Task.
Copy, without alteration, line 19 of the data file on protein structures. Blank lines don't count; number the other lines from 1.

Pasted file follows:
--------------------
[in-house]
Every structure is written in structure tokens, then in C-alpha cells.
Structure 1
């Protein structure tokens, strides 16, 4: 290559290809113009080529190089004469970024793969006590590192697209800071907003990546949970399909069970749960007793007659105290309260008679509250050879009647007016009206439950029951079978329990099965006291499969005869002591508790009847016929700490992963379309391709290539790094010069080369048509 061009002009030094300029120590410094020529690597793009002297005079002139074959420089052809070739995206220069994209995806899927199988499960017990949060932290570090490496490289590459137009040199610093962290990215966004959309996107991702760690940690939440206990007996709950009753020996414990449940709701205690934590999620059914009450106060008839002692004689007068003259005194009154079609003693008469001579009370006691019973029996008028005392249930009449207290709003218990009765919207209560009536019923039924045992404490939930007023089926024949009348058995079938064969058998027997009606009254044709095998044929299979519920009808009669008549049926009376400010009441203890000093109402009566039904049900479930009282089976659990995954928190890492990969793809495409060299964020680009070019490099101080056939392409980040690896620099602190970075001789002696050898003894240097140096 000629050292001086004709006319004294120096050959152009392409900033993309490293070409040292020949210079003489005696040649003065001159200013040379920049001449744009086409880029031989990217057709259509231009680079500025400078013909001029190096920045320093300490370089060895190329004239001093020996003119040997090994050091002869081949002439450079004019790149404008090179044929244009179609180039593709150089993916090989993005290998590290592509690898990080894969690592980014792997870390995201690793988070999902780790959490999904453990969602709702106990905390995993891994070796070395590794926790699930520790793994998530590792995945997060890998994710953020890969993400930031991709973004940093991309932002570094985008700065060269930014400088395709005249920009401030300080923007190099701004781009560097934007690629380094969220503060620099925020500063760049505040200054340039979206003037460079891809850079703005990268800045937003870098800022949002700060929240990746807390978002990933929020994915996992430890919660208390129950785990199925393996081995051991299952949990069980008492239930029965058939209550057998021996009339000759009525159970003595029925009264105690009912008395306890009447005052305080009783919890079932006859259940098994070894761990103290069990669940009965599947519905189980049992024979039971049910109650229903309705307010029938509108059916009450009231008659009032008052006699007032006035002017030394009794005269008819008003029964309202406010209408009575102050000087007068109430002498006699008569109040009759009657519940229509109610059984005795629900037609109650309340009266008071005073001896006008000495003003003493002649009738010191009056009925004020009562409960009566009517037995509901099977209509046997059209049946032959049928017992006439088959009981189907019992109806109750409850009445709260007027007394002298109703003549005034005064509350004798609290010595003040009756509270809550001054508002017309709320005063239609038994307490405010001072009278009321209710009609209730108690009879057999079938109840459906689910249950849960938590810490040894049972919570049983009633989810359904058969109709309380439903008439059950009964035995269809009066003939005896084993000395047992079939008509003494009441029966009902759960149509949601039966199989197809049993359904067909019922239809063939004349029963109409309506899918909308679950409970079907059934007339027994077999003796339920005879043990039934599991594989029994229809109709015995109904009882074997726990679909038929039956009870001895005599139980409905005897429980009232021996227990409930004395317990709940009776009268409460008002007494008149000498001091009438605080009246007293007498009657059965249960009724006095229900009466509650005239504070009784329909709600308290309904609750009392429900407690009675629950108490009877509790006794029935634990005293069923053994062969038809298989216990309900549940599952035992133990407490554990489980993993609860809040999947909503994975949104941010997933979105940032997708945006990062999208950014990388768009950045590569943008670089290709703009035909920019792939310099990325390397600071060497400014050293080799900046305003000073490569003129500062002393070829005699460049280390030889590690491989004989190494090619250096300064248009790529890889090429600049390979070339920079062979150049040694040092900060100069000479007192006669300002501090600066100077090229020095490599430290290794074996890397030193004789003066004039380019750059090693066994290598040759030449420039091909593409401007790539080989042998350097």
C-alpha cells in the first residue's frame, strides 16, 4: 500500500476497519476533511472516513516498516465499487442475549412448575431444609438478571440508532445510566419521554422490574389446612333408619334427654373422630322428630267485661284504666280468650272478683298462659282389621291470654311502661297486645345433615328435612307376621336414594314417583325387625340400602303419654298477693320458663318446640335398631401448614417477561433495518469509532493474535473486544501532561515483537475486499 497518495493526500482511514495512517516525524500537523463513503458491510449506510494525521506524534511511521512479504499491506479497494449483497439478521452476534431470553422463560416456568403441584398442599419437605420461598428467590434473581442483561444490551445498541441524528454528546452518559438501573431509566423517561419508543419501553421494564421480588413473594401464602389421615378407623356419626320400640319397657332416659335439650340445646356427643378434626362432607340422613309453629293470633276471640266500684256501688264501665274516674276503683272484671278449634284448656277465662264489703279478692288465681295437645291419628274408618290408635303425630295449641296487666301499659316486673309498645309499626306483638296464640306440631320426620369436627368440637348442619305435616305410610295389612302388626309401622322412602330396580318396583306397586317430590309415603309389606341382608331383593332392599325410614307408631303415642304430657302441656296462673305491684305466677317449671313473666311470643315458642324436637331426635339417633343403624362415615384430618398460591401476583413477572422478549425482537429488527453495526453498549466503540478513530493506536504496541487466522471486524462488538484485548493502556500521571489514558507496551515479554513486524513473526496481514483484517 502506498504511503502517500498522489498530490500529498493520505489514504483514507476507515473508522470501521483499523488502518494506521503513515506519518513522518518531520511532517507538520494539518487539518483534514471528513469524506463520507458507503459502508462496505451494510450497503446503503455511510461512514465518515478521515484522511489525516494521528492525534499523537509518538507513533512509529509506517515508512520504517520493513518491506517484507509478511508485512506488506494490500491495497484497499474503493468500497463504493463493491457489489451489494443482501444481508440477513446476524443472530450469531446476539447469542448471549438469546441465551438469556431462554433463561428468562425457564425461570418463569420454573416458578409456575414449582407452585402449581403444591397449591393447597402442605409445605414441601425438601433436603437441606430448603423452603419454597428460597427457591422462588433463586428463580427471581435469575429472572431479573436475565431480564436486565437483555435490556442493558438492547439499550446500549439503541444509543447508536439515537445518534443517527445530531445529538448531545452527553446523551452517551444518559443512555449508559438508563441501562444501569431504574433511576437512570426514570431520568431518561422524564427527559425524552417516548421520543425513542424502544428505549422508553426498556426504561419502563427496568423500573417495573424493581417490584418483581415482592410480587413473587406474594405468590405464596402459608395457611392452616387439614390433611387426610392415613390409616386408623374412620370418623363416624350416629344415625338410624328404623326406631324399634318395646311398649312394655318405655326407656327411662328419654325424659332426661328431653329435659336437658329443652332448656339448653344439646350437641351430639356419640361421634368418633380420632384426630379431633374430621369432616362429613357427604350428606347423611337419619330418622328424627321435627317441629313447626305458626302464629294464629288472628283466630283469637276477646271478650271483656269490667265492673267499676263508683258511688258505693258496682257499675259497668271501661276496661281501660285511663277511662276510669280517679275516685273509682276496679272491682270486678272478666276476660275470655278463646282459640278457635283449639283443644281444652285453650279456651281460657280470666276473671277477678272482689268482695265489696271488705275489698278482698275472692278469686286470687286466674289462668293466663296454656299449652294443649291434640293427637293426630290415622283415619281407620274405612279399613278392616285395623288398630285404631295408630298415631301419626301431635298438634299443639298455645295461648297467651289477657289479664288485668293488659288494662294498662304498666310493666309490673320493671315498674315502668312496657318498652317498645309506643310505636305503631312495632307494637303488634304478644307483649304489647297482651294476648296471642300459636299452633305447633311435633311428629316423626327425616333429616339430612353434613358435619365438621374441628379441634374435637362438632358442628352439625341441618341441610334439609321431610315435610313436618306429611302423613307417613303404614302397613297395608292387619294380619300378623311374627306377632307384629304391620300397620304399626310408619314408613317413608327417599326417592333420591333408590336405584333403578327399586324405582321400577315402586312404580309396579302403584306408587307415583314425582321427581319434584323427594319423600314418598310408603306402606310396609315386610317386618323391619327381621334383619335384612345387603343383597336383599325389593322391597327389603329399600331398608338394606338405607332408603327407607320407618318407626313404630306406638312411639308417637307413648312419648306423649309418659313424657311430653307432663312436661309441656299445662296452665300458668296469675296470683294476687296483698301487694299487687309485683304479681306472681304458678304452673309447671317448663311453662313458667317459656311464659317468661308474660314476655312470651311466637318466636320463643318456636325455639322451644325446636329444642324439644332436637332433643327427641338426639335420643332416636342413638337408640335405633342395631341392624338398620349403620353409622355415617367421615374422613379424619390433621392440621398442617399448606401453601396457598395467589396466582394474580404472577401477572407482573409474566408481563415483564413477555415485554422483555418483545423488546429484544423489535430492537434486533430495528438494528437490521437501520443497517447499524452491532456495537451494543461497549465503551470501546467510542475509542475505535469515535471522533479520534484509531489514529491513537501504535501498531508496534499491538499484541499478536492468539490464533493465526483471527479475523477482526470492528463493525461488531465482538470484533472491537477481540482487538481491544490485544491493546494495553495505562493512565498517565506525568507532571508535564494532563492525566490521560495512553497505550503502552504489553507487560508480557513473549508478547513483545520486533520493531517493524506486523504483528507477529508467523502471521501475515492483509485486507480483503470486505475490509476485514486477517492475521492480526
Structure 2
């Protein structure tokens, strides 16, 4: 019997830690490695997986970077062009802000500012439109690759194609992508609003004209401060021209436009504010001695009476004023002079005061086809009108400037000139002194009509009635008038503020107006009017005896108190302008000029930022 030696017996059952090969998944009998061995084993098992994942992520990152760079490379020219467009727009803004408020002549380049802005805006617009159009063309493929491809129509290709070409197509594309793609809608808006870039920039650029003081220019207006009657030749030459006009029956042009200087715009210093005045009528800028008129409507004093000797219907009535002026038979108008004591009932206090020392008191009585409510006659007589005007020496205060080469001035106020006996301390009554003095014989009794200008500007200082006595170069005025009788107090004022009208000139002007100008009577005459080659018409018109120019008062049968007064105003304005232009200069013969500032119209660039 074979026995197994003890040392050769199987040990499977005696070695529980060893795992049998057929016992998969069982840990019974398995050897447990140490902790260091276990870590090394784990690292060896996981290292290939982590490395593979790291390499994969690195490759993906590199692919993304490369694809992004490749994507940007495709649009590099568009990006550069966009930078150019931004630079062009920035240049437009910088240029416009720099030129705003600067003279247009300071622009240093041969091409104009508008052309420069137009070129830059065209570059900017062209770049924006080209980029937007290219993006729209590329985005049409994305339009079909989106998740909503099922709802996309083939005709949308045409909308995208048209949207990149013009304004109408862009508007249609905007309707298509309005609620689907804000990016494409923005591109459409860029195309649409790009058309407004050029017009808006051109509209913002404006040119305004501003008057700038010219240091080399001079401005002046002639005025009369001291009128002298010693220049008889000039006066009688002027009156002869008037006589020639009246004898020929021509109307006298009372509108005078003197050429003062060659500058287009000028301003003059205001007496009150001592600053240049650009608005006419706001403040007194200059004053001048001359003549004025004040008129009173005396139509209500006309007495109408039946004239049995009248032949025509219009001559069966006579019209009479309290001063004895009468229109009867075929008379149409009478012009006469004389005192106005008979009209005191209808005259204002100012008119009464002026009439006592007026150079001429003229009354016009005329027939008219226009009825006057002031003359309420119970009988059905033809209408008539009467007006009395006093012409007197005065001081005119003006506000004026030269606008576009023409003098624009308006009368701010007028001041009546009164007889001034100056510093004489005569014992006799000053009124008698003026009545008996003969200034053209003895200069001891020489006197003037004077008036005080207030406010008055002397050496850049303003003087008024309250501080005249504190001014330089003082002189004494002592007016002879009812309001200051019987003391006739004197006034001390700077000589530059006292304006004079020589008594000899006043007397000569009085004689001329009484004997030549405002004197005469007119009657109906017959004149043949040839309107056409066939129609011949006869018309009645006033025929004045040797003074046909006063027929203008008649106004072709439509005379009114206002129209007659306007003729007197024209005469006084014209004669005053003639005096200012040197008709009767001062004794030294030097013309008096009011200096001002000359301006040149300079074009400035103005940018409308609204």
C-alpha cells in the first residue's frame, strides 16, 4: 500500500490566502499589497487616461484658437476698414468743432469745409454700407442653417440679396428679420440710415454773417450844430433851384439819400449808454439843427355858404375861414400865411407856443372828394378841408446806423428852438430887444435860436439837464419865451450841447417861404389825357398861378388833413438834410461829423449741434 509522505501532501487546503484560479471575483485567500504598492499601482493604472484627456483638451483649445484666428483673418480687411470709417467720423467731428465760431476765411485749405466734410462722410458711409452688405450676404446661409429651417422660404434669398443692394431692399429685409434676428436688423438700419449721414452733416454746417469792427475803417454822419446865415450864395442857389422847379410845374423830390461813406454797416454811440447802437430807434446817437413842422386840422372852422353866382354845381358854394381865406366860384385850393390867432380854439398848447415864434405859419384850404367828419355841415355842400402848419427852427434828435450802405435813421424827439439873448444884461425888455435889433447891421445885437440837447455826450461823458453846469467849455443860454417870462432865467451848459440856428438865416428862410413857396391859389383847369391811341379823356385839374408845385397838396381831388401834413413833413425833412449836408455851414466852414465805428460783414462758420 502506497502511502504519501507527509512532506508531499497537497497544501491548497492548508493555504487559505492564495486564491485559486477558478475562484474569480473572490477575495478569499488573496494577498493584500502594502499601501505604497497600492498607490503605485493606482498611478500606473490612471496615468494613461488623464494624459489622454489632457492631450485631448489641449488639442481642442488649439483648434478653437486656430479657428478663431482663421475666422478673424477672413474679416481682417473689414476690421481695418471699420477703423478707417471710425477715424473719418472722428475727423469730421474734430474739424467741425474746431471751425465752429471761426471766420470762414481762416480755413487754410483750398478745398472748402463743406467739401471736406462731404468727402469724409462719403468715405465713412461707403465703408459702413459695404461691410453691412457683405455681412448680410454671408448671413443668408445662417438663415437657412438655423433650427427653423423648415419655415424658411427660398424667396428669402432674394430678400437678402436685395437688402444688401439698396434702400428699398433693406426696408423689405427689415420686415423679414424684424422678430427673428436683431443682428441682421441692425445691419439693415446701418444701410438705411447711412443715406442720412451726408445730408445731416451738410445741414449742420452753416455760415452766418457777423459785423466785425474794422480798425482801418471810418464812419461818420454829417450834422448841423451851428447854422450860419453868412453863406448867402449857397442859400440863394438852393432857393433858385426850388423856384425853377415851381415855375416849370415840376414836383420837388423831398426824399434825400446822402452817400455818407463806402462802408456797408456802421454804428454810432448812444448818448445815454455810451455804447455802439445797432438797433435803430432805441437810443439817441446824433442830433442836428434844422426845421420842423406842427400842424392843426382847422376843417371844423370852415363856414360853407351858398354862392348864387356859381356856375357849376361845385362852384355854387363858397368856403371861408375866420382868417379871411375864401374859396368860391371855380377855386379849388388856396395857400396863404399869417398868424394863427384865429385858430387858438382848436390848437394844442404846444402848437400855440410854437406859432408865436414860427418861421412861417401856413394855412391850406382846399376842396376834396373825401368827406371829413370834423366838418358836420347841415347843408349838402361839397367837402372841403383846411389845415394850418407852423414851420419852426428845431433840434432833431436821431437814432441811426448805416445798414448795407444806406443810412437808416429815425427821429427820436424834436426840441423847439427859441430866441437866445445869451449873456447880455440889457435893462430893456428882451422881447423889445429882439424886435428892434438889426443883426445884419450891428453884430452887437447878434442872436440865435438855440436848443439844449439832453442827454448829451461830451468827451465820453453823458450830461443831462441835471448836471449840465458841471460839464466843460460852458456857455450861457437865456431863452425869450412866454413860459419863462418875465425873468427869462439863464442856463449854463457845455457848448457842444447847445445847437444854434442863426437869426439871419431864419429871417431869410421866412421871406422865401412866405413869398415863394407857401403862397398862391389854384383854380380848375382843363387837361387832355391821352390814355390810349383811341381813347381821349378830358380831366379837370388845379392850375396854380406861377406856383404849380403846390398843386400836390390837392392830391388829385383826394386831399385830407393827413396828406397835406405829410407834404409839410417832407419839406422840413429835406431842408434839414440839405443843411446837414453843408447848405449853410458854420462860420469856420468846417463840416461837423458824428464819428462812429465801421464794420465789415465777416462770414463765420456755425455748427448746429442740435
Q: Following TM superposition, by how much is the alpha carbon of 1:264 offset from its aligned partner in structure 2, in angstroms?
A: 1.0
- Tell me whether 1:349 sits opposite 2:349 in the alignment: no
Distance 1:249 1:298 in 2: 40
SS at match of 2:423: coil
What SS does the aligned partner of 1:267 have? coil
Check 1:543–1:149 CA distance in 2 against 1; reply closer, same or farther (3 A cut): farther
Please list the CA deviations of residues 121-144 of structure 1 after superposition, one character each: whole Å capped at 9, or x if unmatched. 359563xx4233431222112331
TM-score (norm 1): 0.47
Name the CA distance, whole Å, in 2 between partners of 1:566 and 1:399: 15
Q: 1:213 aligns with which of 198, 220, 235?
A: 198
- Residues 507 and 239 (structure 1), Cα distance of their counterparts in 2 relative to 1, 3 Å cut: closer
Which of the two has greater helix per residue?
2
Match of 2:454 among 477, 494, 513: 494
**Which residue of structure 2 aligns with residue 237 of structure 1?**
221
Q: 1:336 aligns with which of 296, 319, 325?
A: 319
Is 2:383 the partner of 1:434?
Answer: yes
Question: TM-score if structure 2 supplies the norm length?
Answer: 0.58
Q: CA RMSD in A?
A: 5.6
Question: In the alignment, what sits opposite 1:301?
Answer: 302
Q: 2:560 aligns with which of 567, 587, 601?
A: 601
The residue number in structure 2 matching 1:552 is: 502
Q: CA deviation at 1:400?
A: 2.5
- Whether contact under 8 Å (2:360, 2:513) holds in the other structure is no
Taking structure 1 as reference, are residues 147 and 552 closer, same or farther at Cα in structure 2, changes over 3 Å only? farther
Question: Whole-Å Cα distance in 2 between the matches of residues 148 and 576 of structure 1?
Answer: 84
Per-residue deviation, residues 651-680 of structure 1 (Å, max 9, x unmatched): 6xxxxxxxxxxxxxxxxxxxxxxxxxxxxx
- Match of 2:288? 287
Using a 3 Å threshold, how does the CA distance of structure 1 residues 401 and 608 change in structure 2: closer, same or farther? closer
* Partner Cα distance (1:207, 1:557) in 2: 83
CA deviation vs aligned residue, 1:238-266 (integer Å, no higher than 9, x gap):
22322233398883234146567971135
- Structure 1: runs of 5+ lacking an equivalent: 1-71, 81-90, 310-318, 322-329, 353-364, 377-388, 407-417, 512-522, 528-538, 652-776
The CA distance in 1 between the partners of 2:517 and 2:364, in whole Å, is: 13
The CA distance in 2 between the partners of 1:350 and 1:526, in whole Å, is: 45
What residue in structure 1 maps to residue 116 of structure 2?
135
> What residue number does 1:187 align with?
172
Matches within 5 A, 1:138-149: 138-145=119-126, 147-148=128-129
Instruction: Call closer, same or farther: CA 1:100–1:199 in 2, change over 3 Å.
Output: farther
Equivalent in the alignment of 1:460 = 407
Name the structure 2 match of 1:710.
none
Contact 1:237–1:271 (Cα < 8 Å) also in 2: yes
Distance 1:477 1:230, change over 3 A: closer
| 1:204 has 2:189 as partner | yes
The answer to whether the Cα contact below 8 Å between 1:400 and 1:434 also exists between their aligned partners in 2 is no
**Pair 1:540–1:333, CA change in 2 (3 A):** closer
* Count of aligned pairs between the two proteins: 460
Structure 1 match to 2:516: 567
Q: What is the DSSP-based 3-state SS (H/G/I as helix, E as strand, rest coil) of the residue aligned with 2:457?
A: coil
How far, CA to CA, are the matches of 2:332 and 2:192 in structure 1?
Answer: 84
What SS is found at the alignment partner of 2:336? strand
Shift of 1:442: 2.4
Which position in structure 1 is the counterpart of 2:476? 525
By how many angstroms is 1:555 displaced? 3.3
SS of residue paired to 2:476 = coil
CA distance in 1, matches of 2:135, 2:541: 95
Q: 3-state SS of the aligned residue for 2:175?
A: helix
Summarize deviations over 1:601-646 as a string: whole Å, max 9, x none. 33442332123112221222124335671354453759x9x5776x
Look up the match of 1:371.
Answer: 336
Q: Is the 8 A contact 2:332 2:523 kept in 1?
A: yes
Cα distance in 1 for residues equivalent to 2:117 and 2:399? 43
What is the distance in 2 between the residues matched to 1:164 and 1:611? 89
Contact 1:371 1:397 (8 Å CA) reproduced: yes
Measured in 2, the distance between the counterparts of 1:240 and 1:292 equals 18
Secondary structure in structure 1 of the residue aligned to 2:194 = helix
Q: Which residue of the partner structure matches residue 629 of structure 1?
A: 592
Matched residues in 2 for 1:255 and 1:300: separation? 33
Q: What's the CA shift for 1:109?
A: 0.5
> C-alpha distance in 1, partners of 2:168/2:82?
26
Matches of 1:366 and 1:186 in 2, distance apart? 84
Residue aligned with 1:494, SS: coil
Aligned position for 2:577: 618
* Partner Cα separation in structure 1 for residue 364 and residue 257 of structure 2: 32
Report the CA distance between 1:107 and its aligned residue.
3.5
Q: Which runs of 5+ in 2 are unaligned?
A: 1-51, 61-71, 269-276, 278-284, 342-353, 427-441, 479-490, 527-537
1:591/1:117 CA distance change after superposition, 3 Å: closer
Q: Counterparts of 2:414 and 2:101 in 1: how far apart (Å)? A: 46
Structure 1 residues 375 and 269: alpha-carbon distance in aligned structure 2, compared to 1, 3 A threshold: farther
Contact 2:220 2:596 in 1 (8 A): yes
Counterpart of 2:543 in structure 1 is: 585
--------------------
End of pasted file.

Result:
Q: 1:213 aligns with which of 198, 220, 235?